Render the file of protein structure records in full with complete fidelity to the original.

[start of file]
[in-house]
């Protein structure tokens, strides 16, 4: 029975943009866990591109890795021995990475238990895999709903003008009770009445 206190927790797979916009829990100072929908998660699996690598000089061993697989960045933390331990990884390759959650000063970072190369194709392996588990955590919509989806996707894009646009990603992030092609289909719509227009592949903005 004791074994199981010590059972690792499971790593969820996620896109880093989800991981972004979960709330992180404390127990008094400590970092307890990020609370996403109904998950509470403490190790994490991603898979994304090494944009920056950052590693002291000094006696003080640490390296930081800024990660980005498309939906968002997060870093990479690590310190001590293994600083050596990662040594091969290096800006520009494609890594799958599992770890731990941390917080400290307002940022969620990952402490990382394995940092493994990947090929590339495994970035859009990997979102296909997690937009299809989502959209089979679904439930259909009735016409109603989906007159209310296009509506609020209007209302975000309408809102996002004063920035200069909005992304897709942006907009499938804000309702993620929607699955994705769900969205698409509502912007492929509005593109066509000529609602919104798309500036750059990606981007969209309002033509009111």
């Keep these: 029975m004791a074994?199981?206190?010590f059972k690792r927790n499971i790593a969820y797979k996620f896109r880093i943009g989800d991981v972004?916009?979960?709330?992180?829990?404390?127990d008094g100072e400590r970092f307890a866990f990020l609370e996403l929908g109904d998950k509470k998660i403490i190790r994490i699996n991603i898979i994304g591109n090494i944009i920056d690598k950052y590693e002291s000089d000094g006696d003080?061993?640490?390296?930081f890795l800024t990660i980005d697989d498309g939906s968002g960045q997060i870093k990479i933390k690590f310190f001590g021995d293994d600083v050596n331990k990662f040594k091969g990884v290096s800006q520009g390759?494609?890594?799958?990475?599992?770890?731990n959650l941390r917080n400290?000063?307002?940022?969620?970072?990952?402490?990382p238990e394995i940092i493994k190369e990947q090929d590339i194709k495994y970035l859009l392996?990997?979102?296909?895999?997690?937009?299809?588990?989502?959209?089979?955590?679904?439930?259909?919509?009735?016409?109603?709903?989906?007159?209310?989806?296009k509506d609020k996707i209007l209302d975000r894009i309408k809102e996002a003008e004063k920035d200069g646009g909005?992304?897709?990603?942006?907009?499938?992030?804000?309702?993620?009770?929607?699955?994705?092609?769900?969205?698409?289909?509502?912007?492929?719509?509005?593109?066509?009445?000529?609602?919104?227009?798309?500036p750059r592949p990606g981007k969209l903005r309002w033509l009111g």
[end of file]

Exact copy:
[in-house]
């Protein structure tokens, strides 16, 4: 029975943009866990591109890795021995990475238990895999709903003008009770009445 206190927790797979916009829990100072929908998660699996690598000089061993697989960045933390331990990884390759959650000063970072190369194709392996588990955590919509989806996707894009646009990603992030092609289909719509227009592949903005 004791074994199981010590059972690792499971790593969820996620896109880093989800991981972004979960709330992180404390127990008094400590970092307890990020609370996403109904998950509470403490190790994490991603898979994304090494944009920056950052590693002291000094006696003080640490390296930081800024990660980005498309939906968002997060870093990479690590310190001590293994600083050596990662040594091969290096800006520009494609890594799958599992770890731990941390917080400290307002940022969620990952402490990382394995940092493994990947090929590339495994970035859009990997979102296909997690937009299809989502959209089979679904439930259909009735016409109603989906007159209310296009509506609020209007209302975000309408809102996002004063920035200069909005992304897709942006907009499938804000309702993620929607699955994705769900969205698409509502912007492929509005593109066509000529609602919104798309500036750059990606981007969209309002033509009111």
């Keep these: 029975m004791a074994?199981?206190?010590f059972k690792r927790n499971i790593a969820y797979k996620f896109r880093i943009g989800d991981v972004?916009?979960?709330?992180?829990?404390?127990d008094g100072e400590r970092f307890a866990f990020l609370e996403l929908g109904d998950k509470k998660i403490i190790r994490i699996n991603i898979i994304g591109n090494i944009i920056d690598k950052y590693e002291s000089d000094g006696d003080?061993?640490?390296?930081f890795l800024t990660i980005d697989d498309g939906s968002g960045q997060i870093k990479i933390k690590f310190f001590g021995d293994d600083v050596n331990k990662f040594k091969g990884v290096s800006q520009g390759?494609?890594?799958?990475?599992?770890?731990n959650l941390r917080n400290?000063?307002?940022?969620?970072?990952?402490?990382p238990e394995i940092i493994k190369e990947q090929d590339i194709k495994y970035l859009l392996?990997?979102?296909?895999?997690?937009?299809?588990?989502?959209?089979?955590?679904?439930?259909?919509?009735?016409?109603?709903?989906?007159?209310?989806?296009k509506d609020k996707i209007l209302d975000r894009i309408k809102e996002a003008e004063k920035d200069g646009g909005?992304?897709?990603?942006?907009?499938?992030?804000?309702?993620?009770?929607?699955?994705?092609?769900?969205?698409?289909?509502?912007?492929?719509?509005?593109?066509?009445?000529?609602?919104?227009?798309?500036p750059r592949p990606g981007k969209l903005r309002w033509l009111g």